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Review: Space Closing Fiesta 2013

Space marks the end of a season that points towards a brightly dark future.

Throughout the summer Rosello's Space has maintained a relatively polished aesthetic. Operations have run smoothly, the majority of nights have brimmed weekly to the tune of bubbling capacity and musically the superclub has displayed a breadth of diversity beyond, over and above any other island haunt. From the comfortable pull of Cox's Revolution to the carefully edged programming of the Kehakuma collective this has been a season of slight experimentation and intelligent consolidation.

As the years wear on the trend for extended Closing Parties has caught and multiplied. In a similar fashion to its clubbing counterparts, Space's final fiesta began at an early four in the afternoon - its planned trajectory lasting until around midday the following morning. For the opening and closing parties Space turn the tarmac at the rear of the club into a sprawling outdoor stage complete with horizon conquering production stage and a literal inferno of light. Ultra, the corporate giant behind the similarly named Miami festival, label and usually hi-nrg electronica sound hosted the outdoor stage - which truly dwarfed everything. Carl Cox struck a tiny yet immediately identifiable silhouette in the distance as he pocketed the party mantle from Hawtin and Gaiser before him. Normally only seen amongst recent progressive European festivals and of course - the burgeoning EDM scene across the water - the size of the occasion seemed literally suitable. Cox spun a travelling set skipping this way and that between every conceivable strain of modern-come-classic techno. Flirting with euphoric soul before plummeting into minimal swamps the size and stasis of the crowd confirmed the continuing appreciation for the ever-affable curator. In the club proper an extensive gaggle of residents and island settlers were expressing their wares in cosier climes. DJ Remo, of Milan manned the flagship Discoteca and provided one of the night's auditory highlights. A low, considered groove bound from point to point filling the then sparse space with a well-formed sonic darkness. This season has shown me that Time is the most potent tool in a DJ's arsenal and Remo produced a well-formed journey with deft exactitude as minimal snickers and smiles ran over a core of flopping hums.

Wink was the first heavyweight to grace the interior situation. His sparse compositions seemed set with an inherent glow - melodic scrapes and stabs of machine funk twisted between a jittering low-end. Progression was the key as Wink flicked - switch like - between light and dark, casually unfolding a sonic journey which was never reliably predicted. A live set from Argentinian export Guti proved another brain-tickling choice. Guti is an artist with the sublime talent and ability to constantly shed expectations and embrace self-reinvention. A departure from said wrongly assumed sun-kissed vibe led to simplistic yet effective compositions beset by heavy timbres and enthusiastically powerful sub-bass. Peppered with Latin knocks and ditsy feminine vocal his lightly manipulated beats did remain in the realm of the functional.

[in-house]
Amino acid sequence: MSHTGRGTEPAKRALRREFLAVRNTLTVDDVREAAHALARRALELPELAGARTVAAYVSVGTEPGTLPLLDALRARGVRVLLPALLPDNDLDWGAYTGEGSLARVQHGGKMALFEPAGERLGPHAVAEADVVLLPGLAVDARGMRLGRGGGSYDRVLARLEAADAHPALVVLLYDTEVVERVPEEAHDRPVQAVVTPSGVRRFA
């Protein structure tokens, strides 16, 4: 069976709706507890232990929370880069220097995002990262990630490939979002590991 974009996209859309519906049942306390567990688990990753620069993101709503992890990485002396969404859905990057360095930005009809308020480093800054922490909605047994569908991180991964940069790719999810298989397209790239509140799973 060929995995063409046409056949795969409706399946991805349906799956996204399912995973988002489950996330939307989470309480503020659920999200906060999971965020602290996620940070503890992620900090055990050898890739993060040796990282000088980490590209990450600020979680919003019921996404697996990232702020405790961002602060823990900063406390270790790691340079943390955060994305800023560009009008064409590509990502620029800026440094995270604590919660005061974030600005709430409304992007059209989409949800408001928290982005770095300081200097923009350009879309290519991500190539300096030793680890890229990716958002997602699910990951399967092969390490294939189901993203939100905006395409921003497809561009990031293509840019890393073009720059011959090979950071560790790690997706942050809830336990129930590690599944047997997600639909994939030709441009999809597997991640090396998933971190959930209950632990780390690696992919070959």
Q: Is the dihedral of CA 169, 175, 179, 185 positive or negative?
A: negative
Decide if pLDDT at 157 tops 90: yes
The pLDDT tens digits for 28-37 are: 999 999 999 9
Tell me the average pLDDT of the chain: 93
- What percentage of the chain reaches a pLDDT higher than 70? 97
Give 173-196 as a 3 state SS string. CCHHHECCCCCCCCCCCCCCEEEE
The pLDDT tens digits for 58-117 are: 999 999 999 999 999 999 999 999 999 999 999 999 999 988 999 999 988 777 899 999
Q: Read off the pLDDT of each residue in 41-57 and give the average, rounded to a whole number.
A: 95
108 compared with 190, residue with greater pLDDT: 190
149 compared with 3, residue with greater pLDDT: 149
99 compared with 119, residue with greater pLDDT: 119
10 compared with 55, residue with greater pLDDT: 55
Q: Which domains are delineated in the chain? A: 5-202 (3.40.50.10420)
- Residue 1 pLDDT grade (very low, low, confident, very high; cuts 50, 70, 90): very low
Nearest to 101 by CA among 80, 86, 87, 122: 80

In the Terraza, Reeves handled a dancefloor that seemed set to auto-bustle before Edu Imbernon galvanised proceedings with a slew of infectious, irresistibly jacking favourites (I am loathe to label them 'hits' as although recognisable all remained exclusively rooted in the underground). John Tejada's Mono On Mono, with its beautifully wriggling sounds dealt in minimalism before Voorn's Magnolia remix of Dark Flower by Robert Babicz attested to Imbernon's continuing style of sound - often scant but always dripping with a certain electro spirit. In the main room the complete yet thankfully temporary failure of one turntable meant for pokey end of record silence and thunderous applause as Kraviz attempted to keep her professional cool. Mired in her usual heavyset techno her sound showed more flair - more ear-weirdness - than previous displays as Nina's trademark semi-acid tones ran parallel to fresh, tickling percussion. Back to the Terrazza and the billed special guest - to join Cox in a morning back to back affair - was revealed to be tech-head Nic Fanciulli. As the sun forced its way onto the tips of fingers and crests of bowed heads - the answer was not to abandon the pursuit of hedonism but resolutely continue it. Whilst many clubs on the island seem to rely on past glories or the merit of their own existence, their own egotism, Space at least continues to explore new avenues with zest. Toying with nights who deliver wholly different concepts whilst forging stronger paths with the shakers of the mainland music scene are values that define Space as a modern force on Ibiza and suggest its continuing, upwards evolution.

Words by Michael Huntington, Photography by James Chapman.

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